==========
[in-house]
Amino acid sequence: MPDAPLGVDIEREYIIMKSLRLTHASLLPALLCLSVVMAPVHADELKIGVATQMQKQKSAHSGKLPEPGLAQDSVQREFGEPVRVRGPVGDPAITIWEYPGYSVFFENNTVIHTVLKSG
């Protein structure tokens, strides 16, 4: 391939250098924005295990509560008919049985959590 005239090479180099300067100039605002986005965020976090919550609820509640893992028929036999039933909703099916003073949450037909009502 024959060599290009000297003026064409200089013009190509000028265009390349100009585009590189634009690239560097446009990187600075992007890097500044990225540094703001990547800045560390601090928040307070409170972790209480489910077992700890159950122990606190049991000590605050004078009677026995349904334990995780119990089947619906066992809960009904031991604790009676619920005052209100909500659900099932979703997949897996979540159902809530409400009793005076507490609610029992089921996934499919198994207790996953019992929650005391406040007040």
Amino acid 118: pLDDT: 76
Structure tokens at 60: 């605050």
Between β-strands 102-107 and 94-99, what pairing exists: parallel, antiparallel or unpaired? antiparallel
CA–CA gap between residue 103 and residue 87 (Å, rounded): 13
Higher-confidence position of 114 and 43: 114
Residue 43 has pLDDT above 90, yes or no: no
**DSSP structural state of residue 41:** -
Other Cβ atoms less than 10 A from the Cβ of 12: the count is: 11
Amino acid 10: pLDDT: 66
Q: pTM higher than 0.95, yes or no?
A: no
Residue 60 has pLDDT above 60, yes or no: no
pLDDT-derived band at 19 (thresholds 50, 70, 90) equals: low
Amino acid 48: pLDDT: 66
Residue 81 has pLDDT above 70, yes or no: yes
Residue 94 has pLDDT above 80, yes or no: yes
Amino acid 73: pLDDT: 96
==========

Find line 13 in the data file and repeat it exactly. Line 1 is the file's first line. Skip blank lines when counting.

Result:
Q: pTM higher than 0.95, yes or no?